It has been 70 years since Nakbar Day, the annual day of commemoration of the displacement of Palestinians surrounding the Israeli Declaration of Independence in 1948.
Since Israel was established, hundreds of thousands of Palestinians were forcibly expelled from their homes. For 70 years, they have suffered brutal oppression and injustice. Everyday, they are fighting to return to their land and their homes. To this day, the conflict between Palestinians and Israelis are ongoing, and there have not been any advancements to a peaceful solution since 2014.
For year 2018's Nakbar Day, thousands of Palestinians protested along the Gaza-Israel border for their right of return, and for the recent move of the US embassy from Tel Aviv to Jerusalem. For them, Jerusalem is their capital, and the move represented a gross ignorance of their rights and national identity. At least 60 Palestinians were killed during the protest - including an 8-month old baby, when the Israeli army opened fire.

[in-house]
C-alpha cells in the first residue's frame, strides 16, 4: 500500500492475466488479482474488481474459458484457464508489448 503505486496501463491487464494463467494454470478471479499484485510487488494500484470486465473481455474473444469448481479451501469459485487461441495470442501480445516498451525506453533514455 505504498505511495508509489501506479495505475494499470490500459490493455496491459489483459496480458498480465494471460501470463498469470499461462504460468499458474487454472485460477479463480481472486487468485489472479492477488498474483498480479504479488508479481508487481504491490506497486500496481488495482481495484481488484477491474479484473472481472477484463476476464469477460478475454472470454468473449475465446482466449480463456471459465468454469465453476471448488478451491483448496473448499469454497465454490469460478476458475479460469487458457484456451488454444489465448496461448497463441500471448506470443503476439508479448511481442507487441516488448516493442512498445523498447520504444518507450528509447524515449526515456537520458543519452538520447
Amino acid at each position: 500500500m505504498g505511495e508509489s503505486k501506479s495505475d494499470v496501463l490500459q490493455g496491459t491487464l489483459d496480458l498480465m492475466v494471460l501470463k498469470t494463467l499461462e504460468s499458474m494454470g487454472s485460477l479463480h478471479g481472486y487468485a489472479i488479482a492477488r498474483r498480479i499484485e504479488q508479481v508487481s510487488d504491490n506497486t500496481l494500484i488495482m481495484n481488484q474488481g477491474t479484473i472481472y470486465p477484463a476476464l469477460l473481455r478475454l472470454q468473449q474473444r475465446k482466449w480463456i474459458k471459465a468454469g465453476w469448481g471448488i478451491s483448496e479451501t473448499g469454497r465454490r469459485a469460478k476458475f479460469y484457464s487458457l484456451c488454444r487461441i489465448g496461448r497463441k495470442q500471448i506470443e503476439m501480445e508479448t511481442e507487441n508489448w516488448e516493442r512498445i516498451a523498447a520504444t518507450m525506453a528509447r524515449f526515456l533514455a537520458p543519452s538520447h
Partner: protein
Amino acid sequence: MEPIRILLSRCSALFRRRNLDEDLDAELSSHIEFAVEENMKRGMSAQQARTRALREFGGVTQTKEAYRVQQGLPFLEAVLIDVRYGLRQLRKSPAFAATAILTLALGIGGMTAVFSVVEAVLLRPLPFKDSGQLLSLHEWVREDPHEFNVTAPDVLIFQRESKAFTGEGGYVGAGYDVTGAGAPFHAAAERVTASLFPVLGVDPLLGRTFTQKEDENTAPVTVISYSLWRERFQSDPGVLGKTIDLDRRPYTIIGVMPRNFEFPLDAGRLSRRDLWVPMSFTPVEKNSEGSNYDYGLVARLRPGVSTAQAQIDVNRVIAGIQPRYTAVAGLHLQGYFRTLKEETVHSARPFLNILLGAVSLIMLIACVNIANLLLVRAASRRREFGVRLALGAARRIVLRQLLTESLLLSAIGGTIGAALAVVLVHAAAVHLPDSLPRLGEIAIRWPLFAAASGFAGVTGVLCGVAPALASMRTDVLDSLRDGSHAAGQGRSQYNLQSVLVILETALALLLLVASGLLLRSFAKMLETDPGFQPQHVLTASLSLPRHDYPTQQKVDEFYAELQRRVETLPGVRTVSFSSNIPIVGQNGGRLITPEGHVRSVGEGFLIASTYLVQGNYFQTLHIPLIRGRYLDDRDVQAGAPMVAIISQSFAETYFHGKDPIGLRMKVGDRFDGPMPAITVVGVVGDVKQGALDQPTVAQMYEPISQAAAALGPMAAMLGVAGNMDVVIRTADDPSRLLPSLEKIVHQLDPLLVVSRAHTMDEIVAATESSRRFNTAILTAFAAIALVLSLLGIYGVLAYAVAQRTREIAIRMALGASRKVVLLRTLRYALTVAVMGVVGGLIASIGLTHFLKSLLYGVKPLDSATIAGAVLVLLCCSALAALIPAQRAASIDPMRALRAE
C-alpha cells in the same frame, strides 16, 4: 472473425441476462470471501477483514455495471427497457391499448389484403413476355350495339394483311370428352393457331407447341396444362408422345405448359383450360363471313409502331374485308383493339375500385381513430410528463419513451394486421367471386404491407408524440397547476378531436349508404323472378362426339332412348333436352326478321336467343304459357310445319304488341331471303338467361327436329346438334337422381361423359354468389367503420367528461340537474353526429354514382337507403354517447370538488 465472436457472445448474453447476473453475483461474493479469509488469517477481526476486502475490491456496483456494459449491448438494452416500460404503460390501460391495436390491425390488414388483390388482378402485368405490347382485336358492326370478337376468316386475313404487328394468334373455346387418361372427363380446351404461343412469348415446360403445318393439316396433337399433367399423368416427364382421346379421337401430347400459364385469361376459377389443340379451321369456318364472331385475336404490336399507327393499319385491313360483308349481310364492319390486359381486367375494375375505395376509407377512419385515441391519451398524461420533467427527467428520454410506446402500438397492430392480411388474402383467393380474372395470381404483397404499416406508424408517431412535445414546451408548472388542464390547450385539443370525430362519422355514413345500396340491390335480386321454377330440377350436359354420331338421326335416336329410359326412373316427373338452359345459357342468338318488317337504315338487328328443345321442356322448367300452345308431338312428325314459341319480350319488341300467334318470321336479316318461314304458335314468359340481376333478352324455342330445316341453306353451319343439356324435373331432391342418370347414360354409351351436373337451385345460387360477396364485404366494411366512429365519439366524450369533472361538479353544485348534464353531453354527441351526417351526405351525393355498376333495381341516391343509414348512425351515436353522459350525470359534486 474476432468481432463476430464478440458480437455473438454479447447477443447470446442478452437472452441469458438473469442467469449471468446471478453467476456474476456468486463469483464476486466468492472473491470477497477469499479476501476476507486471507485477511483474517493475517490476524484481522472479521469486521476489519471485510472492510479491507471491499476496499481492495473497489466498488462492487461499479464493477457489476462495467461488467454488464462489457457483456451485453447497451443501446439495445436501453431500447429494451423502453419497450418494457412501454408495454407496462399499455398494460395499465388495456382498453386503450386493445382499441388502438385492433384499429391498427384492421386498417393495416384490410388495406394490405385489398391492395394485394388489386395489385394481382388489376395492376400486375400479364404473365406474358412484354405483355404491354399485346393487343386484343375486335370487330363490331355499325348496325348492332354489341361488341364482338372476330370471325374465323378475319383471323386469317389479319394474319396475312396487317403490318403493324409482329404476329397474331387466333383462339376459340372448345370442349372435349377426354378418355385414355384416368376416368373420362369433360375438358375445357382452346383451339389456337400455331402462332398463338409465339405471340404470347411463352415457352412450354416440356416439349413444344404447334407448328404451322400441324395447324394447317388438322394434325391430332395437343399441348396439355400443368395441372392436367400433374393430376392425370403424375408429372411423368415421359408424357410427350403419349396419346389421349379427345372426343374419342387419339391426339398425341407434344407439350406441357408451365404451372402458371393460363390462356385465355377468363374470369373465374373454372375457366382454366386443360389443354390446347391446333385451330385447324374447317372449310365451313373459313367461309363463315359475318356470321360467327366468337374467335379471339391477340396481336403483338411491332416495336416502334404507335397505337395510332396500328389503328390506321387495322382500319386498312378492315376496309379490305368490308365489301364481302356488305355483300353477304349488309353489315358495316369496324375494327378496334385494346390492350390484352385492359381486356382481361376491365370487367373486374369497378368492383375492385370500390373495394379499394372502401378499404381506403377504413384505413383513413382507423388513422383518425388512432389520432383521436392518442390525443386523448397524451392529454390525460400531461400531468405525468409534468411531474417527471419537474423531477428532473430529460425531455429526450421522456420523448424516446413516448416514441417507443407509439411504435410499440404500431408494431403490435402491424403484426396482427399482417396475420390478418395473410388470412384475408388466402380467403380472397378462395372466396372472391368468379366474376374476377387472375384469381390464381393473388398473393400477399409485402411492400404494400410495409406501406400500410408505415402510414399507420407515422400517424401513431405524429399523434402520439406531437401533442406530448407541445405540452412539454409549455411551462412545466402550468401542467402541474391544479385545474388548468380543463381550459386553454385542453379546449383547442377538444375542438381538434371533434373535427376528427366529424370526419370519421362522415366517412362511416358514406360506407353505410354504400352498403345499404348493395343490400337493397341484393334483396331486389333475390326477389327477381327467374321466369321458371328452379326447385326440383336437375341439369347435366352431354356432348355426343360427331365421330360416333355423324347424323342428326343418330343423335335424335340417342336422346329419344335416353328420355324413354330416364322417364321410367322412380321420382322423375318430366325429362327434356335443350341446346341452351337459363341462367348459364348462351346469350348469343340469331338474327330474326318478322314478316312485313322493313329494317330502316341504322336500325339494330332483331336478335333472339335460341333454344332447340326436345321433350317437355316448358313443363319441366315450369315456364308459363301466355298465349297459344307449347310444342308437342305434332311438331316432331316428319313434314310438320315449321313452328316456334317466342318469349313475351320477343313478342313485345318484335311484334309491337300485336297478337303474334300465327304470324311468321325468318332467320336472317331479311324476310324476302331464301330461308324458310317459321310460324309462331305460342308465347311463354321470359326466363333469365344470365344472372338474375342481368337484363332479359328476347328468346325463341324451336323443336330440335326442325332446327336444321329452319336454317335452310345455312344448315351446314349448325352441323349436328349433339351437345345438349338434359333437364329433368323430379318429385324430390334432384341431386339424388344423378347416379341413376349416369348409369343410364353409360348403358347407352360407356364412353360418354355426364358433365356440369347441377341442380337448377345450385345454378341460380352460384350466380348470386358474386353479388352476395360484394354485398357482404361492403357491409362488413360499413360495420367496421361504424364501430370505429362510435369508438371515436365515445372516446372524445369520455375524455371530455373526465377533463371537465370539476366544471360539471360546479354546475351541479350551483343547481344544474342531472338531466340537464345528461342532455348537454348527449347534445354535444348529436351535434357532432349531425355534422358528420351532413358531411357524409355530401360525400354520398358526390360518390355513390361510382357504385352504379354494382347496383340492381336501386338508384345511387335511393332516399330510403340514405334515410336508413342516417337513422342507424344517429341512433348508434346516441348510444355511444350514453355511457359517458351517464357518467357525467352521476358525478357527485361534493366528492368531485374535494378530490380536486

In Melbourne, hundreds of Palestinians and supporters protested and marched on May 19 to have their voice heard. Many called out for support for the humane treatment of their people, not just as Palestinians, but as human beings.
I spoke to Mai Saif, a Palestinian girl who is now a member of the Palestinian Community Association for Victoria. With family still struggling in Gaza, she poured her heart out as she tried to tell me about the hardships the Palestinians went through these 70 years. Her dedication and her passion towards seeking justice for her people really touched my heart. She told me that it isn't about Hamas, or religion, but about their human rights - about their right to our homeland, to their national identity without being punished, and to be treated with respect and fairness.
In Israel, it is illegal to wave a Palestinian flag. Here in Melbourne, they waved their flags with pride, heartbreak and resilience. For them, the march and the demonstration is hope that people will hear their cries and stand with them, so that they could go home.